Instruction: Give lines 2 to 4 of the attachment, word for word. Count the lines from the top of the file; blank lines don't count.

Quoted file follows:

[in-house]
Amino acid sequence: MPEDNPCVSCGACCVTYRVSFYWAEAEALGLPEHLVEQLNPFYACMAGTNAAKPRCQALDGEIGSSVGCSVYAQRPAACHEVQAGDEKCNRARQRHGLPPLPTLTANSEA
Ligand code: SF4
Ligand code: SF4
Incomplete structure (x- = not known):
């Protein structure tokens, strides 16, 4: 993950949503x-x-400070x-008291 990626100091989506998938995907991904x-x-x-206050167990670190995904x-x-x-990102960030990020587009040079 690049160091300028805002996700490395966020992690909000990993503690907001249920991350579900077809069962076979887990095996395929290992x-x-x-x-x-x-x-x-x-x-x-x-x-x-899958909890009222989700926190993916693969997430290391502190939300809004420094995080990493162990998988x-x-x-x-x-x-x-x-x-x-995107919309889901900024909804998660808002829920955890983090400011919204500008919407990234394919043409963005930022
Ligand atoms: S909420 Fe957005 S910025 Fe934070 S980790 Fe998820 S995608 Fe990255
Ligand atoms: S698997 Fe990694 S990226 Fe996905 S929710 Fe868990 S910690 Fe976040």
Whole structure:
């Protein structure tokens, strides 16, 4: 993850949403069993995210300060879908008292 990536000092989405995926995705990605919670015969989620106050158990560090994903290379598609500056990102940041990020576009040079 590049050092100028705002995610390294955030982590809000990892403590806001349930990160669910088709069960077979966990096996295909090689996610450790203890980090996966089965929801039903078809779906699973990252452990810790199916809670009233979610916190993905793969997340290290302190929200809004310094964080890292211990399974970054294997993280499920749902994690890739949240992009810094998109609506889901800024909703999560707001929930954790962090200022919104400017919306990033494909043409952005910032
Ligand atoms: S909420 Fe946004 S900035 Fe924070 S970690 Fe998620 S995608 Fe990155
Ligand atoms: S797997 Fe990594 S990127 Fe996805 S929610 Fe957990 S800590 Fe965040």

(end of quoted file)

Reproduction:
Amino acid sequence: MPEDNPCVSCGACCVTYRVSFYWAEAEALGLPEHLVEQLNPFYACMAGTNAAKPRCQALDGEIGSSVGCSVYAQRPAACHEVQAGDEKCNRARQRHGLPPLPTLTANSEA
Ligand code: SF4
Ligand code: SF4